25 June 2024


The World Wide Fund for Nature-Australia today released new video which shows the world heritage status of the Great Barrier Reef is seriously threatened after this year’s mass bleaching.

Severely bleached coral on a reef in Queensland’s north is dead and covered in brown algae and slime. Authorities are still assessing the scale of reef-wide coral mortality but some scientists fear it could be the worst ever recorded.

High coral mortality could undermine the Reef’s “Outstanding Universal Value” – the key factor in deciding whether a site retains its world heritage status.

Overnight, UNESCO recommended the World Heritage Committee delay until 2026 a decision on whether to declare the Reef “world heritage in danger”. The World Heritage Committee will consider that advice when it meets in New Delhi next month.

[The draft decision can be read here starting on page 59]

The draft decision calls for the Australian Government to provide a progress update on implementing the committee's recommendations by February 2025, including on the impacts of this year's coral bleaching.

Coral that appears brown is dead and covered in algae. This devastation was filmed in the northern Great Barrier Reef in April 2024. © Dr Dean Miller / GBR Legacy

“This video will shock many Australians. Climate change caused our national icon to suffer an unprecedented fifth mass bleaching event in just eight years,” said Richard Leck, Head of Oceans, for the World Wide Fund for Nature-Australia.

“There's still so much more our governments need to do to give our Reef a fighting chance.

“The Queensland government recently legislated strong emissions and renewable energy targets. Now it’s time for the federal government to step up.

“The Prime Minister must commit to a federal emissions reduction target of at least 90% below 2005 levels by 2035, stop approving new fossil fuel projects, and support the worldwide push for a global treaty to phase out all fossil fuels,” he said.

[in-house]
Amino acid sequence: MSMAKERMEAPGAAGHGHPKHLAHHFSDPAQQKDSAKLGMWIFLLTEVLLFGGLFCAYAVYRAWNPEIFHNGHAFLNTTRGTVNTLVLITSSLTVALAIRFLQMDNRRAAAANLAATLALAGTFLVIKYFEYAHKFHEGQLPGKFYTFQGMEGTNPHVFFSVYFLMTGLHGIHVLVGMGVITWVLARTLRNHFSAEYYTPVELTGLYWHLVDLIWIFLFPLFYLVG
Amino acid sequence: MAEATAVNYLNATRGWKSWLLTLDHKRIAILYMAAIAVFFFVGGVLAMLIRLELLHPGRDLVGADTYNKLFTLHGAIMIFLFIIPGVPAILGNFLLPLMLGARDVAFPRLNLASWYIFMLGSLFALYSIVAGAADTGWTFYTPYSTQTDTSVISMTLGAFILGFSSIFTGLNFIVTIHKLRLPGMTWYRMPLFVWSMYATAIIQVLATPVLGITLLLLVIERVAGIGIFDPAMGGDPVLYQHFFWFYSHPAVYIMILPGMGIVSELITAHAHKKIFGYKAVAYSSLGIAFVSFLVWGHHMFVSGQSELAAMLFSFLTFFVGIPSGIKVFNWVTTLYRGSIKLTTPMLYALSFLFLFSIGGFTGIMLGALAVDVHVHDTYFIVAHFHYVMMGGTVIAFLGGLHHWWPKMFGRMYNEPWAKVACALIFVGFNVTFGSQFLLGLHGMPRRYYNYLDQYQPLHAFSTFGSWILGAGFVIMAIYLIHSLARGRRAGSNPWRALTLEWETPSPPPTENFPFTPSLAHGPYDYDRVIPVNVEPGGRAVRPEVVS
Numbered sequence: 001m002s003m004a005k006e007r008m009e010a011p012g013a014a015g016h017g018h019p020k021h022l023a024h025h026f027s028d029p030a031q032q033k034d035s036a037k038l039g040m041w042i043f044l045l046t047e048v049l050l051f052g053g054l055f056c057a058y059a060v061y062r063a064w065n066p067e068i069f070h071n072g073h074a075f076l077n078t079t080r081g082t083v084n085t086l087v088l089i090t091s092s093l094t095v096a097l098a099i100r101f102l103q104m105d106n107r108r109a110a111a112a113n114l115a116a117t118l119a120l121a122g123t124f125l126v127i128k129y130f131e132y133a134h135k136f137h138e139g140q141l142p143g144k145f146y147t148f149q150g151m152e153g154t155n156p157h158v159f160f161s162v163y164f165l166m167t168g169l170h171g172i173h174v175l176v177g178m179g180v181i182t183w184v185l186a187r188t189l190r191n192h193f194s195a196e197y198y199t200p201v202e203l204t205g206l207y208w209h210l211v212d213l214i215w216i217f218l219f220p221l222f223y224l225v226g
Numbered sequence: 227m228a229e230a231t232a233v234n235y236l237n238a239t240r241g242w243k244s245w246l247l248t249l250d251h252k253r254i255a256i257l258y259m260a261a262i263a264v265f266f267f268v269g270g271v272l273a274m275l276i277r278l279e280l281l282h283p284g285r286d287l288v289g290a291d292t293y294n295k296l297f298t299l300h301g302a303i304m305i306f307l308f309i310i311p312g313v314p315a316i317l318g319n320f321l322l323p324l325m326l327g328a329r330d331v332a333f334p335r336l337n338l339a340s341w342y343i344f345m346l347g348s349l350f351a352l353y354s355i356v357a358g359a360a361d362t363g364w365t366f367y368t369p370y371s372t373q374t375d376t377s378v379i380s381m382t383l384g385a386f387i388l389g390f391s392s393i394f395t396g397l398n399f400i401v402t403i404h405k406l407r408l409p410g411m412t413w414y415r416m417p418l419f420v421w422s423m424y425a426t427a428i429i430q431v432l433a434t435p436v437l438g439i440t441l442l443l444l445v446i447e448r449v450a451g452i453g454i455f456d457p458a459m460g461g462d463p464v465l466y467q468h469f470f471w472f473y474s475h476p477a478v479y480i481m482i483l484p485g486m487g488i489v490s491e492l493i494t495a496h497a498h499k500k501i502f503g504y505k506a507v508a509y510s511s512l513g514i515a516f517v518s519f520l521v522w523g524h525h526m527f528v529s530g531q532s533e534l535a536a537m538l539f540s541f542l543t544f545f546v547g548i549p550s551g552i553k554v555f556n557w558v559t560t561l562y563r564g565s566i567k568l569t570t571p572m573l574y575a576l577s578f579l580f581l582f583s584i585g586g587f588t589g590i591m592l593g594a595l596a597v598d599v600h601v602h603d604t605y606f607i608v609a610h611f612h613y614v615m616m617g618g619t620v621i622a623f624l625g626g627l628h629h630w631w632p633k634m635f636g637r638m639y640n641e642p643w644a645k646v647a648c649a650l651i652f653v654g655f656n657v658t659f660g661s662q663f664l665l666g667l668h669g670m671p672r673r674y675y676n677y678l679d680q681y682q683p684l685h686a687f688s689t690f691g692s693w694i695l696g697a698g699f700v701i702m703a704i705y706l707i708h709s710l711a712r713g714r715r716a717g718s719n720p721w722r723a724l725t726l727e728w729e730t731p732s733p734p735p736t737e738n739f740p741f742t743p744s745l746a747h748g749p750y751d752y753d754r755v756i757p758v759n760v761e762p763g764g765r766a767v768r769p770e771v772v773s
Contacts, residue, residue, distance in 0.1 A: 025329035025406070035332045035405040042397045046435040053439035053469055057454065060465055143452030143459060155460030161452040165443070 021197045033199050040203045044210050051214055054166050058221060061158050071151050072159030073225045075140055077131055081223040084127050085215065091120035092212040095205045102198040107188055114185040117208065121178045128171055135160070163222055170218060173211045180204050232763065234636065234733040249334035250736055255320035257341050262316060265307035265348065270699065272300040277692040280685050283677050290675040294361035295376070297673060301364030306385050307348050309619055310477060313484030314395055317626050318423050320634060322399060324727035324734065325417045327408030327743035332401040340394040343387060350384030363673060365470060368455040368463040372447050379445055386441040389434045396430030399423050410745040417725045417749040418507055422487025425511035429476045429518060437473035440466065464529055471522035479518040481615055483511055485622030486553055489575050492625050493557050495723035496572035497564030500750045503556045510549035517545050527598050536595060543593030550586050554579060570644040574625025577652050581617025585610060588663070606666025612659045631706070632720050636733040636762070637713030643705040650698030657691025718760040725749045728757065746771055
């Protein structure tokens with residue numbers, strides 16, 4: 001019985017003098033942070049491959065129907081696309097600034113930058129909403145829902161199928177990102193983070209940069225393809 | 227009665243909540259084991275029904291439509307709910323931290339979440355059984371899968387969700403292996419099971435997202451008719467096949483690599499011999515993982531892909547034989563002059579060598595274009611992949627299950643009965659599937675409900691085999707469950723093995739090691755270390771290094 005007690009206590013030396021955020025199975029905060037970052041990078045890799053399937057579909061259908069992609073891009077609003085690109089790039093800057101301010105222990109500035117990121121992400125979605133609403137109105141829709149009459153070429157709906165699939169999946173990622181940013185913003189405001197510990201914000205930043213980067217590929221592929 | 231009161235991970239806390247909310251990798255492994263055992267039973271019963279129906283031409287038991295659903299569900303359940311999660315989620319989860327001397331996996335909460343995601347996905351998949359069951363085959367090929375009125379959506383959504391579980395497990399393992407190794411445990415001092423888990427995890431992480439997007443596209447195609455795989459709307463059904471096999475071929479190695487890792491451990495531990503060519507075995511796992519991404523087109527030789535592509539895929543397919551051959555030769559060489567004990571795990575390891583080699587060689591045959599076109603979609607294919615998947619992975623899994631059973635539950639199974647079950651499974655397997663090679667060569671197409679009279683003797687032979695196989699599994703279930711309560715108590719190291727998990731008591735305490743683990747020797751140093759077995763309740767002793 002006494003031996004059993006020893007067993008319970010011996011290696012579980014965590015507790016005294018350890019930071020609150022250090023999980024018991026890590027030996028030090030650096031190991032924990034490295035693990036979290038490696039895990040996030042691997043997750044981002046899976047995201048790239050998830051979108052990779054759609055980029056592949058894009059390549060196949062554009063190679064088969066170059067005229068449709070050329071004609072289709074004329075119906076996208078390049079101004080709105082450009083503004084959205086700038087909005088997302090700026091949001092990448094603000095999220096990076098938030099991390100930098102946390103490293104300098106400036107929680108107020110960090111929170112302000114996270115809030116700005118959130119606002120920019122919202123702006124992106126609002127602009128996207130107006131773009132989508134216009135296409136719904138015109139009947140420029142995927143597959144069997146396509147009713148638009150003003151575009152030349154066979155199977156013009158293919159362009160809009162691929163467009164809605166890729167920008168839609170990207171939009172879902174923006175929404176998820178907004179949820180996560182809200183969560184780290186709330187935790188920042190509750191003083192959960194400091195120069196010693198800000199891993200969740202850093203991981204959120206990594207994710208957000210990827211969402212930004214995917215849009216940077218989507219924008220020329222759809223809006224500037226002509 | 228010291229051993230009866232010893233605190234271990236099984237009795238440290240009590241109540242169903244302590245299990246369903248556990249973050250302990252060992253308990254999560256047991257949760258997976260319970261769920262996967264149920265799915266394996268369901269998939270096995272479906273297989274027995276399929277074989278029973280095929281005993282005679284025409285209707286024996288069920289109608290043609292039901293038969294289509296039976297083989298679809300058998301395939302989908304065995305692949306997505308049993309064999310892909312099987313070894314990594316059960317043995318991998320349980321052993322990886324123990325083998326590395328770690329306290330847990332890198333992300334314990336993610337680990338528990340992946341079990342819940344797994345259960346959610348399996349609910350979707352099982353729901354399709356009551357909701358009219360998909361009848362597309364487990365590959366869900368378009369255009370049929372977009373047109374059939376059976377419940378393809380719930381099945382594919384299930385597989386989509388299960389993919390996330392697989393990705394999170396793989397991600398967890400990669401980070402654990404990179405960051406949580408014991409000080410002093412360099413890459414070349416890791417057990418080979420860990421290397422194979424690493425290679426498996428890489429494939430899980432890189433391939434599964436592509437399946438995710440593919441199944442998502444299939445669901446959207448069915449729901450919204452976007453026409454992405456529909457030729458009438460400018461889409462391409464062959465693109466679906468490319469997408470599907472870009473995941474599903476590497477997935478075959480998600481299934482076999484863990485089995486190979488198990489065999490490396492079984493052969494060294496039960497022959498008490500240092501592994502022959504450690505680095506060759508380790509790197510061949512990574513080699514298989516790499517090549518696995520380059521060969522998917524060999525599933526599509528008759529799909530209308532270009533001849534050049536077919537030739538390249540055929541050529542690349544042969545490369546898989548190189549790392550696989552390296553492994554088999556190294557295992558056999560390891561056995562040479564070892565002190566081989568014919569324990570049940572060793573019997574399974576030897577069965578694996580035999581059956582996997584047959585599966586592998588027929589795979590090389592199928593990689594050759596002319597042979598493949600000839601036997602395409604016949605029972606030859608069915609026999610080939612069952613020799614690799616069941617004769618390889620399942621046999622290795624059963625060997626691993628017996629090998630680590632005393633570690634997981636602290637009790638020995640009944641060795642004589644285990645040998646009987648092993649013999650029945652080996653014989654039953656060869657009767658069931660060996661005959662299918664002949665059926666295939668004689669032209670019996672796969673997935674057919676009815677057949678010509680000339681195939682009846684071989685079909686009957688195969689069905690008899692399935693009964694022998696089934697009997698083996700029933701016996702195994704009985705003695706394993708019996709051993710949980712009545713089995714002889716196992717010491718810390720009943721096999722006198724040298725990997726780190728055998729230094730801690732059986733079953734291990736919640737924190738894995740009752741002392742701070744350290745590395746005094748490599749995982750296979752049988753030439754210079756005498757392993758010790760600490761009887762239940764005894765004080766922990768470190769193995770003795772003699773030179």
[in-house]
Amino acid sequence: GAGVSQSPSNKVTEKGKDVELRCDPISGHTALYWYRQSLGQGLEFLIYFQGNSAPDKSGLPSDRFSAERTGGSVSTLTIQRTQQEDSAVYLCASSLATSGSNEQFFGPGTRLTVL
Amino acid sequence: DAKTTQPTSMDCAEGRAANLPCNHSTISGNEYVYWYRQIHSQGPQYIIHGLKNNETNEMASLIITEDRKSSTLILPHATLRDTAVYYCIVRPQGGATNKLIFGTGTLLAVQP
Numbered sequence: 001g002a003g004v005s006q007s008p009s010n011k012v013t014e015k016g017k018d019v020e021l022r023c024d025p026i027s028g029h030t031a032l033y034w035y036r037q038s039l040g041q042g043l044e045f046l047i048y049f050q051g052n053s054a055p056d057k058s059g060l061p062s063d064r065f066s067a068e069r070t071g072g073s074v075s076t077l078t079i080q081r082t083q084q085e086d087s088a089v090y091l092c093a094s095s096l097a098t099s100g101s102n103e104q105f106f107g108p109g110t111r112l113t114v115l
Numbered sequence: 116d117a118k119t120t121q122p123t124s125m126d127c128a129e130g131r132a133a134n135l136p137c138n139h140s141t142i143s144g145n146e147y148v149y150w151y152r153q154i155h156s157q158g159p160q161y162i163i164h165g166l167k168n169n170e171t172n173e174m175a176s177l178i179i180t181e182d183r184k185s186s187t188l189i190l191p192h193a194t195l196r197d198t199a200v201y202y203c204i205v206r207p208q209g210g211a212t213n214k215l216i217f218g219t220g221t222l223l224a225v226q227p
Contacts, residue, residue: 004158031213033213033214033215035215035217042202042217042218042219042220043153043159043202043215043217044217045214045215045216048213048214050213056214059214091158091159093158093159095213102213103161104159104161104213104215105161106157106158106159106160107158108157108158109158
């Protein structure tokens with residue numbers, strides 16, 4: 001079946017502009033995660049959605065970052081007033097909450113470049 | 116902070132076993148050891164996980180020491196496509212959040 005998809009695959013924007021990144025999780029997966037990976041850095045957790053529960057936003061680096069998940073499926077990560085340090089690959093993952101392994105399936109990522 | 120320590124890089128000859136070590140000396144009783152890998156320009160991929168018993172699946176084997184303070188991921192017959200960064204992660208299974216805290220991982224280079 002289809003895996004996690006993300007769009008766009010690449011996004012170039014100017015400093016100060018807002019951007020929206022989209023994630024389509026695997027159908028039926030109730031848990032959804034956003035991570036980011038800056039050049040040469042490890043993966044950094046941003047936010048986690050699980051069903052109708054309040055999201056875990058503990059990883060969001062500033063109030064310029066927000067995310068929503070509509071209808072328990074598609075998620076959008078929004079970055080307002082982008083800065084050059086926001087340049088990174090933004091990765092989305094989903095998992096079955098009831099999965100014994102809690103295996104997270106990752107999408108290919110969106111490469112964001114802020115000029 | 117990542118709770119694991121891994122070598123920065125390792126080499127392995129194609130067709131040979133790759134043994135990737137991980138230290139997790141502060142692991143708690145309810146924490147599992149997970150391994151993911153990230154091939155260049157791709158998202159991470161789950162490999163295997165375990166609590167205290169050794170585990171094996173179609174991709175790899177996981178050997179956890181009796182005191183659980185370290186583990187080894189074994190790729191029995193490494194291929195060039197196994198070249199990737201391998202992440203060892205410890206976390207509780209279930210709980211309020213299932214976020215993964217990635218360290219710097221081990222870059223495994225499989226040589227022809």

Mr Leck called on both the Federal and Queensland governments to take much stronger action on tree clearing in Reef catchments which releases carbon and increases damaging sediment run off.

“We’re calling for the Australian and Queensland governments to end deforestation and industrial logging in Reef catchments by 2030, and invest billions to support graziers and farmers to reforest riparian zones and low-value land that has been cleared.

“Almost 150,000 hectares of forest and woodland adjacent to the Reef was completely removed by bulldozers in 2020/21, an area larger than New York City.

“We can't waste a minute in building protection for the Reef. That's why WWF believes it’s vital that the World Heritage status of the Reef is considered by the World Heritage Committee in 2025, not 2026, in order for the Australian and Queensland governments to demonstrate they are taking the urgent steps necessary on these issues,” Mr Leck said.

For further information download WWF-Australia’s Reef Brief here.